Transocean Resolves Criminal And Civil Liability For Deepwater Horizon – To Pay $1.4 Billion
By: Leslie A. Mariotti
Transocean Ltd., which owned the Deepwater Horizon drilling rig that sank after an explosion in the Gulf of Mexico, has agreed to plead guilty to violating the Clean Water Act and to pay $1.4 billion to settle U.S. government charges arising from the disaster. The settlement, which is subject to a federal judge’s approval, includes $1 billion in civil penalties and $400 million in criminal fines and penalties.
On April 20, 2010, the Deepwater Horizon rig was drilling a mile-deep well when a surge of methane sparked an explosion that resulted in the deaths of 11 rig workers and the largest oil spill in U.S. history. According to the Department of Justice, in agreeing to plead guilty to a criminal misdemeanor violation of the Clean Water Act, Transocean has admitted that members of its crew, acting at the direction of BP supervisors, were negligent in failing to investigate indications that the well was not secure and that oil and gas were flowing into the well.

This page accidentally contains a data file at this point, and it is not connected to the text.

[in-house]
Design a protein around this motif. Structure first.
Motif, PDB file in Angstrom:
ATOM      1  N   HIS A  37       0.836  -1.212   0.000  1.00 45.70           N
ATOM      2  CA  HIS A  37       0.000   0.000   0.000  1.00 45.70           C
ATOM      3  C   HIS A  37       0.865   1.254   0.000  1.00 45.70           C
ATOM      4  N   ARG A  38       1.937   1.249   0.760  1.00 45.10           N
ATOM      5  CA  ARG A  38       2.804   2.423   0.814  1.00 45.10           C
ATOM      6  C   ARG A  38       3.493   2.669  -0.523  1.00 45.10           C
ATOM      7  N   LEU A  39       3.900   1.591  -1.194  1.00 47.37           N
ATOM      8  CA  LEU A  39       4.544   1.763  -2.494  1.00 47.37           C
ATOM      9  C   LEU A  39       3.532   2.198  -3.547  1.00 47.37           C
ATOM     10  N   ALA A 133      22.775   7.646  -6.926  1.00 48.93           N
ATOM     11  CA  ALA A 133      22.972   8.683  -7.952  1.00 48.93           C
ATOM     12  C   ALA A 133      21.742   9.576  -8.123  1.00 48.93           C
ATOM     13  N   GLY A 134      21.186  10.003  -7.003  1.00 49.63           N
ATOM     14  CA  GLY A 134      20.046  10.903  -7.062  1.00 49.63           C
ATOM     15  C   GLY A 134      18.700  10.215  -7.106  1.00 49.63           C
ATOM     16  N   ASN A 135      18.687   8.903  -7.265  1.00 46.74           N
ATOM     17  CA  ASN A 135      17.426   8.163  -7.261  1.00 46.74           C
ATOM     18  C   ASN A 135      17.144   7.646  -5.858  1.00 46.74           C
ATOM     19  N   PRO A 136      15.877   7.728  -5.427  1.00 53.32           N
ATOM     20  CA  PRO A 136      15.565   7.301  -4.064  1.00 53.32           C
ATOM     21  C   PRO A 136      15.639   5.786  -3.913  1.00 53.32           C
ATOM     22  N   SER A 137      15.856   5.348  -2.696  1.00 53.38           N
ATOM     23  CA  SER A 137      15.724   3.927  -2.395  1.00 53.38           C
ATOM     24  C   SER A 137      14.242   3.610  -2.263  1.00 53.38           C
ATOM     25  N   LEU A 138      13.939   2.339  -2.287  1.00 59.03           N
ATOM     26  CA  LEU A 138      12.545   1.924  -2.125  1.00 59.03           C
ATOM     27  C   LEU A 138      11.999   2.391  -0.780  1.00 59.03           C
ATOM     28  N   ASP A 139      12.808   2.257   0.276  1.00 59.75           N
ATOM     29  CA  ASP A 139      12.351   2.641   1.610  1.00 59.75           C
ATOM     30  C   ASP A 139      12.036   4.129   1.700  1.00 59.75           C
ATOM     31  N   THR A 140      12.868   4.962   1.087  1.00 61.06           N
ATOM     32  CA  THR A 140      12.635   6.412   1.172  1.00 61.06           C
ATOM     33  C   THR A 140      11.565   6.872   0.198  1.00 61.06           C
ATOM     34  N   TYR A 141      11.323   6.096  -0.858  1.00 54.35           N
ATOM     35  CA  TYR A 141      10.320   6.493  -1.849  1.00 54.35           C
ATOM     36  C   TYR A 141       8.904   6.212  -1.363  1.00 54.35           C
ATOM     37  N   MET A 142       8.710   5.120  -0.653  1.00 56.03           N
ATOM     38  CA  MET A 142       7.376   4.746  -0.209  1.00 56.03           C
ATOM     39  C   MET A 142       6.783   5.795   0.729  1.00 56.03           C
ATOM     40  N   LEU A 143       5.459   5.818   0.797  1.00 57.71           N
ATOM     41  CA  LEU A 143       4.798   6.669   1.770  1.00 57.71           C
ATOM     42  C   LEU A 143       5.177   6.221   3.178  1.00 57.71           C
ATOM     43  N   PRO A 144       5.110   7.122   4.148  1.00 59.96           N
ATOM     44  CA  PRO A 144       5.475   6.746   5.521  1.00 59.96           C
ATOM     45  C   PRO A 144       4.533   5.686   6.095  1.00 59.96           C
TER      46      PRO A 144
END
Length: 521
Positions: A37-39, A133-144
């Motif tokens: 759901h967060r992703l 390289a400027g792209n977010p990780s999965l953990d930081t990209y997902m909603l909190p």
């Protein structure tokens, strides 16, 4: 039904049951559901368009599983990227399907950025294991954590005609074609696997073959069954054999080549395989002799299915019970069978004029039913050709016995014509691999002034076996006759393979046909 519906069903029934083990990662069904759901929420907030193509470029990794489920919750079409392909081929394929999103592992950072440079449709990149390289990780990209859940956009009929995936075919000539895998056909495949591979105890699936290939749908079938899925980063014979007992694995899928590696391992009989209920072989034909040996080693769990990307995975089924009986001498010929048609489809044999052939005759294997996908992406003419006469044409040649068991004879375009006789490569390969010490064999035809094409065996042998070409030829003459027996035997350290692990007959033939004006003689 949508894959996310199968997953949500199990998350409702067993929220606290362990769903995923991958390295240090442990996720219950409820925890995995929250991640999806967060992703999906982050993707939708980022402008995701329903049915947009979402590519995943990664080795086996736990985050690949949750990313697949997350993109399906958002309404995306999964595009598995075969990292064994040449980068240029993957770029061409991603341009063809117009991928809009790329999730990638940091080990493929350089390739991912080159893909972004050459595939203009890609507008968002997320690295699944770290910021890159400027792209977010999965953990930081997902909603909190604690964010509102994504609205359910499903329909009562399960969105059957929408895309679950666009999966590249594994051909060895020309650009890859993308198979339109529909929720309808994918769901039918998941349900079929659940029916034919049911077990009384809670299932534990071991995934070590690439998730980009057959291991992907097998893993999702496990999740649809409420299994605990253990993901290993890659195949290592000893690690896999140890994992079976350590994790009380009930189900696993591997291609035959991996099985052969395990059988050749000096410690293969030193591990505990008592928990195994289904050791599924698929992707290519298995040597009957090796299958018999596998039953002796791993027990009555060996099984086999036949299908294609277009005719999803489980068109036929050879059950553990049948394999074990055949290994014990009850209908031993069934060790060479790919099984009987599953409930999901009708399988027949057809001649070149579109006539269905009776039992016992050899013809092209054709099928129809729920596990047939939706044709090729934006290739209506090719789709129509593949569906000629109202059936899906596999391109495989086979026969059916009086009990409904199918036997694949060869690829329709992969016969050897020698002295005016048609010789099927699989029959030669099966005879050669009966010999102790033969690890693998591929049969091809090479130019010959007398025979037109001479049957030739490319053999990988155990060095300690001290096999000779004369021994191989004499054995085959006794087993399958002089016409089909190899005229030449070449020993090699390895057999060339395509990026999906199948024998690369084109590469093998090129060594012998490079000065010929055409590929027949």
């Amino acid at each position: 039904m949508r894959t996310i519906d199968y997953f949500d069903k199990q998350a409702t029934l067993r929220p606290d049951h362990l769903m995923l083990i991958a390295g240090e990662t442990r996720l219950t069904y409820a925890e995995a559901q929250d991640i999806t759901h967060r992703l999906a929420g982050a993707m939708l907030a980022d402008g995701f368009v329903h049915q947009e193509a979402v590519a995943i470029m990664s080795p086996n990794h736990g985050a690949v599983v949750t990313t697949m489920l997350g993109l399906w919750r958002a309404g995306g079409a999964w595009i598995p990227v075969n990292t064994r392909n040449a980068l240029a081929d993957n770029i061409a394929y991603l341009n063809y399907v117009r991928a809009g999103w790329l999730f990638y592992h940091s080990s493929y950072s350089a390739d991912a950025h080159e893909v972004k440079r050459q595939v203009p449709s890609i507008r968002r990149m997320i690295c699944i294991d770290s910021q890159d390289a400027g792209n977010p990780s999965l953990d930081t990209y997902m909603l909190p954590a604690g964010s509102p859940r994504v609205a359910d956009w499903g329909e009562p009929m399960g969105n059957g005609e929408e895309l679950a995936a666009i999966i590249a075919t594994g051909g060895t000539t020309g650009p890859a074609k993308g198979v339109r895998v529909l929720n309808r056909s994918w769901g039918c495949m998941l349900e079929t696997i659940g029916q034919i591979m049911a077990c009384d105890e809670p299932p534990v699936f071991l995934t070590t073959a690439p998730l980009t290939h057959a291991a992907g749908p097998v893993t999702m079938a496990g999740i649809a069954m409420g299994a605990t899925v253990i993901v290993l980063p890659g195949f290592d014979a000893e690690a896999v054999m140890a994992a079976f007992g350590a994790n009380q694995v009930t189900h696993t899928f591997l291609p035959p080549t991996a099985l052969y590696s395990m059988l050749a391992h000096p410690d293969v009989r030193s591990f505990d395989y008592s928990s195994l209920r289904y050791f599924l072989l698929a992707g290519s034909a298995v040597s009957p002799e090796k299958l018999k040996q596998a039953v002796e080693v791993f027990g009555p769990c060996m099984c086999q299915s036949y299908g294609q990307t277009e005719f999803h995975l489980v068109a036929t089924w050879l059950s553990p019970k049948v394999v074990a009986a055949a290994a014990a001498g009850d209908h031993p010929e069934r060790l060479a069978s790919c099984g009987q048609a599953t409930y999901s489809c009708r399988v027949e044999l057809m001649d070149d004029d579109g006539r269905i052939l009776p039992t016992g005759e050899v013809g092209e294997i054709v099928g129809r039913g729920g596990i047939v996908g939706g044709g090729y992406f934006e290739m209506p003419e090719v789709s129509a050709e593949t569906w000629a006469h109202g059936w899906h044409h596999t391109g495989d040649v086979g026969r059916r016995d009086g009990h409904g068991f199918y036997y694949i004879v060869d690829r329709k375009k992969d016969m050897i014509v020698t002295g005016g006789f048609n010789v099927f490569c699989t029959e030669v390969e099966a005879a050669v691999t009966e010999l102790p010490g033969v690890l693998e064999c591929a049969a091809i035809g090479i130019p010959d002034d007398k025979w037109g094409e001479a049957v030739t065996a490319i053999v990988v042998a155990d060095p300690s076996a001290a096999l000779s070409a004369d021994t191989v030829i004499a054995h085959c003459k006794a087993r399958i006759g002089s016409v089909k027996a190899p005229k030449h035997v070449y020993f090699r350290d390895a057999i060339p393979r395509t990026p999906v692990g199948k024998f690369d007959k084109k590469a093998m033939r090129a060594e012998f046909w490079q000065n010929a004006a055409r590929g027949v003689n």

In November 2012, BP, which leased the rig from Transocean, agreed to pay a record $4.5 billion in fines and penalties and plead guilty to criminal charges related to the spill (Read more). The government’s civil claims against BP remain outstanding, with trial scheduled to begin on February 25, 2013. The three former BP employees facing criminal charges stemming from the rig explosion have pled not guilty and are awaiting trial.